Democrats reject Pawlenty's call for a voucher program. DFL House Minority Leader Matt Entenza says Pawlenty is proposing pilot programs that will help only a few schools, yet class sizes have gone up during Pawlenty's term.
"You could go through every one of those things that he laid out today, and ask what impact is that actually going to have on kids in Minnesota schools, and it's minuscule," Entenza said.
Entenza and other Democrats also find fault with Pawlenty's health care proposals, saying they don't do enough to help Minnesotans struggling to find affordable health insurance. The governor called for reducing administrative costs and requiring more cost information from health care providers. He says the state should consider requiring uninsured Minnesotans to get health coverage.
"Basic health insurance is available for less than $200 per month. We need to direct our HMOs and insurance companies to raise awareness and get more uninsured people to use these plans," he said.
One of the Democrats seeking Pawlenty's job, Attorney General Mike Hatch, disputed Pawlenty's claim.
"Folks, I'd like to know where there's a $200-a-month policy that the average citizen can buy. We do have a MinnesotaCare policy, actually it was less than $200 a month, but keep in mind, he cut those people off. Is he willing to add those people back on?" Hatch asked.
During the state's budget crisis, about 30,000 Minnesotans were expected to lose their state-subsidized health insurance. Democrats want to use some of a surplus in a state health-care fund to expand MinnesotaCare to more low-income Minnesotans.
Pawlenty's other DFL rivals - state senators Becky Lourey and Steve Kelley and businessman Kelly Doran - were quick to criticize his speech, saying it was more rhetoric than* substance. Lourey says the governor can't claim credit for the biggest financial turnaround in state history. She says while he signed a no-new-taxes pledge, he backed what many consider a cigarette tax that's now in legal jeopardy.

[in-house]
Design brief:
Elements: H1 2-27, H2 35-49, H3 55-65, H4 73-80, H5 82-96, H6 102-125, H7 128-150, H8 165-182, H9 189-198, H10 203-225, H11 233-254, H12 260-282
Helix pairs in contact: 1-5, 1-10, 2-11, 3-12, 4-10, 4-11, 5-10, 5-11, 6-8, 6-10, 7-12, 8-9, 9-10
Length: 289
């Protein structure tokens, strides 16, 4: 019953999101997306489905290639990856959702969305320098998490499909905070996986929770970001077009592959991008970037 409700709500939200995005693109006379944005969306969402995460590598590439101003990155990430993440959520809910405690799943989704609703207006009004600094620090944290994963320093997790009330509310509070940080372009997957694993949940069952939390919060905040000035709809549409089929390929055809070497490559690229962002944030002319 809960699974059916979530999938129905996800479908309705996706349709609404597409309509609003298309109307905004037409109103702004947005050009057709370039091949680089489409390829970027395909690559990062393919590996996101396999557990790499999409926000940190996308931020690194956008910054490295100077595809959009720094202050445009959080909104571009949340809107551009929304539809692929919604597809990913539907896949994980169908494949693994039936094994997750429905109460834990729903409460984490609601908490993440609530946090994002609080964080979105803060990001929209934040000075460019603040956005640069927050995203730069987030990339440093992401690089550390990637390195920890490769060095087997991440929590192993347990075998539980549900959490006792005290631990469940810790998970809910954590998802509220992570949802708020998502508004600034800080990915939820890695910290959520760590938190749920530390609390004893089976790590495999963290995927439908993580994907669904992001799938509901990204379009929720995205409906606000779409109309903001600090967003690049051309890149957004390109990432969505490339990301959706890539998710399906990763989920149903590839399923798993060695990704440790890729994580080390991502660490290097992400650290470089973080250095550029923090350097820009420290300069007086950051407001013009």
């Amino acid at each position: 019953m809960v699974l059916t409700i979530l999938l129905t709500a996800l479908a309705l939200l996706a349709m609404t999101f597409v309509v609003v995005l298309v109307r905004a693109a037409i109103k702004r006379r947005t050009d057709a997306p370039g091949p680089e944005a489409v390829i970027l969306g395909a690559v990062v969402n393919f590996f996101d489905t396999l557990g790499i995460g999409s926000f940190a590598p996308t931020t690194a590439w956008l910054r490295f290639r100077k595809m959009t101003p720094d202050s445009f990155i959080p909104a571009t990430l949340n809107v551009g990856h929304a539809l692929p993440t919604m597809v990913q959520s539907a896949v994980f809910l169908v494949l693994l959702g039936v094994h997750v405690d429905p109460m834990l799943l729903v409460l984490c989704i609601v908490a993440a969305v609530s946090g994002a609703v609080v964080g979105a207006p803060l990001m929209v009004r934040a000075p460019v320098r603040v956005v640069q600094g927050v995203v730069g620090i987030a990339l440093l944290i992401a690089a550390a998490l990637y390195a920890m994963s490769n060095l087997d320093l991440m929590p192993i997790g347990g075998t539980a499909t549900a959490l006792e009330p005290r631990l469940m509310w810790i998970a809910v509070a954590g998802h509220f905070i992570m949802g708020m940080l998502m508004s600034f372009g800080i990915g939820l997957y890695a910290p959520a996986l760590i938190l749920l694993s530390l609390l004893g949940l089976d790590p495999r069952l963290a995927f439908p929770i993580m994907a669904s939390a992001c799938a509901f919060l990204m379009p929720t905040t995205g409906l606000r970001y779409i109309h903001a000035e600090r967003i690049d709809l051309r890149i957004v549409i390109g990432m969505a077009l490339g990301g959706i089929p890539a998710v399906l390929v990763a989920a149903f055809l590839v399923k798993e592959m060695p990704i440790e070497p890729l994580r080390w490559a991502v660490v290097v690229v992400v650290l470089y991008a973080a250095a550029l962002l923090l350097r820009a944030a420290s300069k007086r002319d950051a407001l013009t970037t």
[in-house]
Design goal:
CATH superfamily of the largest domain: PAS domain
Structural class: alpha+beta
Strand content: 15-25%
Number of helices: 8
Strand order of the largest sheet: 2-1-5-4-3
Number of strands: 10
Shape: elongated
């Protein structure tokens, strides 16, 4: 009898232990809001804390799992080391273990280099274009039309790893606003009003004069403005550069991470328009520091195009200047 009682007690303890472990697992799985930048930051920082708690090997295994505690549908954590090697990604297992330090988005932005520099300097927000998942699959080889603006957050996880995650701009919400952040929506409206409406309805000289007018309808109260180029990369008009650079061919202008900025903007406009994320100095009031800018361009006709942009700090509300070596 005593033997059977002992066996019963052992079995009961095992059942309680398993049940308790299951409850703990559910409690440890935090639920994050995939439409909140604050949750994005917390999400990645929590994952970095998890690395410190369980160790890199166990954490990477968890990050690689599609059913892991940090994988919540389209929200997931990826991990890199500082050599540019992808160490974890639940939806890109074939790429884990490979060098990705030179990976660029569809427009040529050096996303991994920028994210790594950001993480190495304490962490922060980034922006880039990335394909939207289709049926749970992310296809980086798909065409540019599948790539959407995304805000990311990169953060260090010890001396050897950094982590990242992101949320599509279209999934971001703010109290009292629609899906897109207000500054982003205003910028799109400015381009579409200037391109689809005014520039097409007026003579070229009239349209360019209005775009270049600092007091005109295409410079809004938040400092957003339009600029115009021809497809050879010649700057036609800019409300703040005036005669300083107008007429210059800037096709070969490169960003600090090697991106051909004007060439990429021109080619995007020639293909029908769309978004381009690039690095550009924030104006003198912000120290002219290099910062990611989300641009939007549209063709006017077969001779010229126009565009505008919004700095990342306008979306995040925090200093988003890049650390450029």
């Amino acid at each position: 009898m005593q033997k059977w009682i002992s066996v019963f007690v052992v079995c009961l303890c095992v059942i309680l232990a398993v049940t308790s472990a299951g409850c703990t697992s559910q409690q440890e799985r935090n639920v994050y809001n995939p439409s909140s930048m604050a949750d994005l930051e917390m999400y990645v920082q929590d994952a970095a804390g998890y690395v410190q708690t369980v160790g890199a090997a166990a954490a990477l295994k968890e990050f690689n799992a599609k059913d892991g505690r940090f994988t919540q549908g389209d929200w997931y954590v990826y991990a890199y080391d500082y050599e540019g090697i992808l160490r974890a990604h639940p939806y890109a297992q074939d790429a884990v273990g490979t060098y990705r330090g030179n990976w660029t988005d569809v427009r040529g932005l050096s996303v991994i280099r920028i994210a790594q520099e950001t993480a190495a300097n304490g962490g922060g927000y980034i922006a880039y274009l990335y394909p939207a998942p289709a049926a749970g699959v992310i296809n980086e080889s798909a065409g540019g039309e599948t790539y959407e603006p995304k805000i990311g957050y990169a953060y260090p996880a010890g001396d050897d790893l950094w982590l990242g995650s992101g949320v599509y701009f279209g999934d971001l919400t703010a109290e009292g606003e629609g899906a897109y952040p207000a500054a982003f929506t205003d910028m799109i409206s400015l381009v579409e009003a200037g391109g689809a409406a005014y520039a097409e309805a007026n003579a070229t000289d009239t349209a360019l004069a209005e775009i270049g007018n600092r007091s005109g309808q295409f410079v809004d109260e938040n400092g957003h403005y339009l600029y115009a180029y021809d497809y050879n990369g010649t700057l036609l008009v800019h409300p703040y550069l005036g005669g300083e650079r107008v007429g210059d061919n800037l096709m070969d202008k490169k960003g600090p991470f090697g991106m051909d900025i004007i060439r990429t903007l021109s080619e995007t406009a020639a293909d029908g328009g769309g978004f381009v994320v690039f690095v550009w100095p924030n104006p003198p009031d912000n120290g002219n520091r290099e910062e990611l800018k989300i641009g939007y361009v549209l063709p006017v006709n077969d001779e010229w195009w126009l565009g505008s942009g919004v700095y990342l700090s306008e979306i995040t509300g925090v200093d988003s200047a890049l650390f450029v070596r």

"Really, we are still in a deficit. The empty, phony tax pledge has triggered the big tax tobacco lawsuit, which could well lead us into an immediate deficit," Lourey said.
The Supreme Court takes up the matter in April. Lourey received a standing ovation during Pawlenty's speech, after Pawlenty recognized her for the death of her son, Matthew, who was killed in Iraq last year. Pawlenty has proposed more financial assistance for military members and veterans, a plan that has widespread bipartisan support. He also called for a constitutional amendment dedicating sales tax money to environmental programs, and a plan to reduce mercury emissions. And while Pawlenty has said he won't sign another no-tax-increase pledge, his opposition to raising taxes hasn't changed.
"In a hyper-competitive economy, raising taxes is a bad strategy, especially in an already highly-taxed state," Pawlenty said.
That brought Republicans to their feet for what was probably the longest round of applause during Pawlenty's speech. Afterwards, Republican House Speaker Steve Sviggum blasted Democrats for their criticism of the governor.
"The governor's message I thought was positive. It was hopeful, and it was a very, very good message of where we've been and the management that has taken us to the opportunities of the future," Sviggum said.
Sviggum praised Pawlenty's vision on the issues of education, health care, the environment and job creation. But the governor will likely have a hard time getting many of his specific proposals through the Legislature, in an election year where the stakes are so high, and where control of the Minnesota House may hang in the balance.